The Europeans, it seems, are at a loss to understand the American electorate:
In much of Europe, where President Obama remains quite popular, the saving grace after Tuesday’s vote is that at least the president and his Democratic allies retained the US Senate.
Beyond that, however, this year’s midterm election that delivered a stinging rebuke to the Obama agenda has many Europeans at a loss over why Americans are not as smitten with Mr. Obama, who is seen here as cool, articulate, and almost European, as they are.
There’s the first problem – Americans don’t want an “almost European” President.
“The Europeans and the French are sad to see what could be the rise of a weakened America, a unilateralist America, the America of George W. Bush that they were so allergic to,” says Dominique Moisi, a founder and senior adviser at the French Institute for International Relations. “So there is concern and sadness about the election outcome.”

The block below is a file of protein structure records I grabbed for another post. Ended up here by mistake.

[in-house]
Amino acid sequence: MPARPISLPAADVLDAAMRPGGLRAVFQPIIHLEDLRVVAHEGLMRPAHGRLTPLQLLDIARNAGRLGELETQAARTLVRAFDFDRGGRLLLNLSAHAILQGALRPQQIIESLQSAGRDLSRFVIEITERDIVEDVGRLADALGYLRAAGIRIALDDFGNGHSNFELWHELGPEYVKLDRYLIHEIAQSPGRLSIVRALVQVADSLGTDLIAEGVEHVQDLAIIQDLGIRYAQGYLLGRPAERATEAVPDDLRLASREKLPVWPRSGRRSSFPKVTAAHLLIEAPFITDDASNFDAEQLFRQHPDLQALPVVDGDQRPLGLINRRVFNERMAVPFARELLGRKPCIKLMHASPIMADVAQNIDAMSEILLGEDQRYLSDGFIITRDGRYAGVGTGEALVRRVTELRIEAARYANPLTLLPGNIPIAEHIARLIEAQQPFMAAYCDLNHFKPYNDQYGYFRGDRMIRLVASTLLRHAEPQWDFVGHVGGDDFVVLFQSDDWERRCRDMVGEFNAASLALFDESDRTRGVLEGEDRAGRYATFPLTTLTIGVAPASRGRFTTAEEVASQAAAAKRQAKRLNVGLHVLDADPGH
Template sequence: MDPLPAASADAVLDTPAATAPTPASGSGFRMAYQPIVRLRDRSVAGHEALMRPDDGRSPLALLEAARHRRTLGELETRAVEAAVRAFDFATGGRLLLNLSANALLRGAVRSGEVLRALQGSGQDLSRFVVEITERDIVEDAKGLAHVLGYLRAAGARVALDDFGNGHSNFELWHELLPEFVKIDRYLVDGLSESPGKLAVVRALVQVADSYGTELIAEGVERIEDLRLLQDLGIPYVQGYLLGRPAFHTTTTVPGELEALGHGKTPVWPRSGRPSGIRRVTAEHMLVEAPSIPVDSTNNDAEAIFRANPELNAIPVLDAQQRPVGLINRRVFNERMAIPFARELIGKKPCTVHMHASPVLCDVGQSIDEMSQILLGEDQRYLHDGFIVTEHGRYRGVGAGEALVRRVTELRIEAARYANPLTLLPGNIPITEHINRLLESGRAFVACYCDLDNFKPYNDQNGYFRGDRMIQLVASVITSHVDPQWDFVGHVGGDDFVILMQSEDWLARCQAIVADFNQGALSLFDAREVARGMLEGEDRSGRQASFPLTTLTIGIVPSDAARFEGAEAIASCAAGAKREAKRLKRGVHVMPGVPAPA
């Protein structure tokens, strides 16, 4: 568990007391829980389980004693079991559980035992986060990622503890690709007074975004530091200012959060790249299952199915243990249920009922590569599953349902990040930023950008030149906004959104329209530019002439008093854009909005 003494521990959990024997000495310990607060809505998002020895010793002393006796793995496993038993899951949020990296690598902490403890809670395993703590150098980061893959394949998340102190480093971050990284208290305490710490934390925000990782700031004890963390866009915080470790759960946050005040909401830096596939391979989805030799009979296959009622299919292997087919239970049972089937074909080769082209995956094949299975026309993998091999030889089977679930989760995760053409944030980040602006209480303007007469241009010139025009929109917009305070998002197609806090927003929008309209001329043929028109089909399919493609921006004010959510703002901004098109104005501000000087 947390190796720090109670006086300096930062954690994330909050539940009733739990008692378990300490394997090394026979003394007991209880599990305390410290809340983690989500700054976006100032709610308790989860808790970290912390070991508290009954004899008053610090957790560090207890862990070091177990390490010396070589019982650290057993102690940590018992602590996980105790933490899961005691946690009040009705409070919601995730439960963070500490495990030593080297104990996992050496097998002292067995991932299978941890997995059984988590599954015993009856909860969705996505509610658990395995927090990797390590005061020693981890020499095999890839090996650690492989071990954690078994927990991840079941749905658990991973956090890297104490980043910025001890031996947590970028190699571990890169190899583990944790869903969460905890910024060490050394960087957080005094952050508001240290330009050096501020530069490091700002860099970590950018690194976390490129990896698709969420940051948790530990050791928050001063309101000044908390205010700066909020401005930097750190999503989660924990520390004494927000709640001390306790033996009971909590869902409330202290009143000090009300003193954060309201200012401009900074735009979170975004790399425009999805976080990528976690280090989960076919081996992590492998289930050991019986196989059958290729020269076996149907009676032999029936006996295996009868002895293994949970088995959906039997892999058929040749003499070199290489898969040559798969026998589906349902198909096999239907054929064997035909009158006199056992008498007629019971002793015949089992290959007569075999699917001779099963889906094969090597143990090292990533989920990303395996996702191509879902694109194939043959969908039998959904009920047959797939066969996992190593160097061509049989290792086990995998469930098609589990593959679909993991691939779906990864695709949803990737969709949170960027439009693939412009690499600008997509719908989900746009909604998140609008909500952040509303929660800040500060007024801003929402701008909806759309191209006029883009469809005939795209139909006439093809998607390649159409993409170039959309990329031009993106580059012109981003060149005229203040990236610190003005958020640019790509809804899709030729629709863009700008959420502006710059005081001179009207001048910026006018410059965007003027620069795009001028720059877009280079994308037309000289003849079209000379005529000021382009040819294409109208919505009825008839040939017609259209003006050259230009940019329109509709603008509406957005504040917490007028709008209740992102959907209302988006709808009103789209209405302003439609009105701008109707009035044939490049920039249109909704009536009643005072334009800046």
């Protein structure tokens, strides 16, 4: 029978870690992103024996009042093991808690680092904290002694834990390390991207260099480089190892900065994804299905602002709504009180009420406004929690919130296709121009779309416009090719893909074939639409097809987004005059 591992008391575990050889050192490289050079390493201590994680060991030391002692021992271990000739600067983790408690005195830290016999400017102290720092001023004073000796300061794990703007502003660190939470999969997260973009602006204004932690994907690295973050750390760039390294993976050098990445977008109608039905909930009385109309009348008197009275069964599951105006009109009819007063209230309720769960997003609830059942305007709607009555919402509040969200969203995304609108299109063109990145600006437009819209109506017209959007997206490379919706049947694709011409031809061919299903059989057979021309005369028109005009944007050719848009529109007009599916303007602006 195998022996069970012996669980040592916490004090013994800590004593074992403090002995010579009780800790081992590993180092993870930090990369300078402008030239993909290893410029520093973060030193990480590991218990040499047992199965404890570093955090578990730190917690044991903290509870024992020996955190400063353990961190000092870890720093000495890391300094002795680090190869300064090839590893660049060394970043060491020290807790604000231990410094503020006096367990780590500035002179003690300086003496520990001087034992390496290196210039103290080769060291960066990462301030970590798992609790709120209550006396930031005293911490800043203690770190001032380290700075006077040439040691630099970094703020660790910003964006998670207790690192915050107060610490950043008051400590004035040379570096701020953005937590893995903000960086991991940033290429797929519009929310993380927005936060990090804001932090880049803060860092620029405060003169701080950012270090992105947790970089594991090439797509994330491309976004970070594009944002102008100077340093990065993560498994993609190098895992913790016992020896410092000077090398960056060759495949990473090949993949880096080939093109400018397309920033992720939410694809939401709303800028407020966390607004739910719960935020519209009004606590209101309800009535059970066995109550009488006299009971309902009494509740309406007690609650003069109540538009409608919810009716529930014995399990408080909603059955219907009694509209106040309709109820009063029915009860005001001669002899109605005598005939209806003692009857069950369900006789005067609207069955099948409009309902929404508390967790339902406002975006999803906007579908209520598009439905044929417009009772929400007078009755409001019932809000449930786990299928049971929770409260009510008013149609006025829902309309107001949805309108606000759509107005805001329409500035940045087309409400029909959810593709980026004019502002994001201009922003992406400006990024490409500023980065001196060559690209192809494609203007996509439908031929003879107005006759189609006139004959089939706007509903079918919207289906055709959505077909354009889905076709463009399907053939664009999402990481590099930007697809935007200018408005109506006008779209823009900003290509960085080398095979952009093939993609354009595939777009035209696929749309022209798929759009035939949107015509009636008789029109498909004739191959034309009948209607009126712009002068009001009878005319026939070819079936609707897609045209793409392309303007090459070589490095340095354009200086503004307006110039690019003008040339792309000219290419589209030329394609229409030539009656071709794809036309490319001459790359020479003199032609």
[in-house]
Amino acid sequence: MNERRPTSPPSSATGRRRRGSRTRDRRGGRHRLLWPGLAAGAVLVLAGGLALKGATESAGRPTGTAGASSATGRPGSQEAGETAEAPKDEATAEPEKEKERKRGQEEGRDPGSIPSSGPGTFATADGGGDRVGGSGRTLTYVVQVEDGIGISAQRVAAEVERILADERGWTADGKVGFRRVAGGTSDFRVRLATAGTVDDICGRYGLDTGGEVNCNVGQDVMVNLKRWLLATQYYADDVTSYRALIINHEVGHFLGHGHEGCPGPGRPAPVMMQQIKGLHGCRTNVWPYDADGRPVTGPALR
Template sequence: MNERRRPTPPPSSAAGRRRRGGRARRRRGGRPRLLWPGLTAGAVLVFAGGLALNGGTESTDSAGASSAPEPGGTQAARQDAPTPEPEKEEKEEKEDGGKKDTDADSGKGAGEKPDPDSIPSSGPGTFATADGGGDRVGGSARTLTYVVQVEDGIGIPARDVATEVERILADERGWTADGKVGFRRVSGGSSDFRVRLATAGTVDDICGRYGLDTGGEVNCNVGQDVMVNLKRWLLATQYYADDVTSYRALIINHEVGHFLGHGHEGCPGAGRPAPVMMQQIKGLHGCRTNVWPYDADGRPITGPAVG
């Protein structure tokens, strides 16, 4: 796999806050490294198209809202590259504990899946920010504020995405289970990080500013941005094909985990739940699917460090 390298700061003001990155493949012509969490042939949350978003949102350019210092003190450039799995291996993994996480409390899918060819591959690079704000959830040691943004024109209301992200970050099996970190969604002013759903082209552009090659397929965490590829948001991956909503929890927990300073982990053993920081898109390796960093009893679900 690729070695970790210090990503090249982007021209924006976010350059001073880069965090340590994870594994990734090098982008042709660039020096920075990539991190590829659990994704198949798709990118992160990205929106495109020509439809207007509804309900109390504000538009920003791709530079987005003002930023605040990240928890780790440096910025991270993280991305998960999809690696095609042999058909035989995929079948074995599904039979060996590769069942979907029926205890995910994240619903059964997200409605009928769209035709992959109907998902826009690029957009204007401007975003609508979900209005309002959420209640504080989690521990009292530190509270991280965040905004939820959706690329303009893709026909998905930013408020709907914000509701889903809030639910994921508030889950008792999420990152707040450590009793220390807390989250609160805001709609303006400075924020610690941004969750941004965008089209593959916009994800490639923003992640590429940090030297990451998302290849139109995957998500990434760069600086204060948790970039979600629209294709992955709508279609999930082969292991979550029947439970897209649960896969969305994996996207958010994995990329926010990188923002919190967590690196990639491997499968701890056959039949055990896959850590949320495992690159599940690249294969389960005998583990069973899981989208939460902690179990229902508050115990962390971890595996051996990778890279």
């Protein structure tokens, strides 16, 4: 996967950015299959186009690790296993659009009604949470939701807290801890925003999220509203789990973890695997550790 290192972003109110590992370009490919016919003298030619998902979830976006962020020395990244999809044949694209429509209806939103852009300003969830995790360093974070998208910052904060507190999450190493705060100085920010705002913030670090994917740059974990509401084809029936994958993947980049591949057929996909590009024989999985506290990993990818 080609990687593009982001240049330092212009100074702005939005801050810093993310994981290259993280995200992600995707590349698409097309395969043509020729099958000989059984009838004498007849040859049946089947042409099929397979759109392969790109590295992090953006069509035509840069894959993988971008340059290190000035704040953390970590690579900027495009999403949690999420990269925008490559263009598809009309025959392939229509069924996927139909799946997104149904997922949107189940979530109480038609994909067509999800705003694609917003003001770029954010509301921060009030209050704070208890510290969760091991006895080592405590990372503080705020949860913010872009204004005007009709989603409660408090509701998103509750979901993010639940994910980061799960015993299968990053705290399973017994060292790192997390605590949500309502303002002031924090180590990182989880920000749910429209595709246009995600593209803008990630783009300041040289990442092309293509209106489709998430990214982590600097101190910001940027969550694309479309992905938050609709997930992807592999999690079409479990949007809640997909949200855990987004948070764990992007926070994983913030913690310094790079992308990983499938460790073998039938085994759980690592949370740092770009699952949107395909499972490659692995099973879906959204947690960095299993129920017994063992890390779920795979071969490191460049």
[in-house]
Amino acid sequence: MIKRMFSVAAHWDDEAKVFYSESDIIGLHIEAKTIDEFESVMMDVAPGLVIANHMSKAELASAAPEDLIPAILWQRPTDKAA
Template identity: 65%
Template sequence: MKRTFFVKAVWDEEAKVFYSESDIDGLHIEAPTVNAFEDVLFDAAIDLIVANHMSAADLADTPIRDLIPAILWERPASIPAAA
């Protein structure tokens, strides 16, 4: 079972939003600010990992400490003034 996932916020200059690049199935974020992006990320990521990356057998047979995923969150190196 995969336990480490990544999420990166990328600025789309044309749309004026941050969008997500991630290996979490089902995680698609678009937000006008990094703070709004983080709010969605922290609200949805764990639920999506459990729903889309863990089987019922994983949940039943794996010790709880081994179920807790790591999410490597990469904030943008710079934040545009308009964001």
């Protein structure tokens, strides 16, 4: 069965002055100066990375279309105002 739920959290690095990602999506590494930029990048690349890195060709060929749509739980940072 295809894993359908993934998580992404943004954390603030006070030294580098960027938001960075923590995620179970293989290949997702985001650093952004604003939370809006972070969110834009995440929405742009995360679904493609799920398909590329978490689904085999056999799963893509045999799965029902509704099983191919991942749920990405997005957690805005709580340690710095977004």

Indeed, the post-US election tone on the Continent is a long way from the ebullience that greeted Obama’s victory two years ago, when he was heralded as “president of the world.” Now, there’s concern in Europe that the popular president may become a one-term office-holder.“The coverage was more than I’ve ever seen in a midterm,” says political scientist Nicole Bacharan at the Paris-based Sciences Po, a leading academic institution in France. “We want to see if it is again the Bush America, the tea party, the very conservative, the intolerant. Is that America still there and powerful and maybe not what we thought?”
Oh, brother. This has nothing to do with Americans desiring a return to the Bush era, but there is a clue the Europeans seem to be missing:
To be sure, Europeans have serious differences with the Obama administration on many fronts. The White House is widely viewed as not putting Europe on a high priority list. US-European solutions for global economic recovery differed sharply this spring with Obama backing stimulus at the G-20 Toronto summit, while Europe touted austerity.
Austerity – where we reduce deficit spending… That’s what drove Americans to the GOP, Europe. Not that the French would understand American capitalism.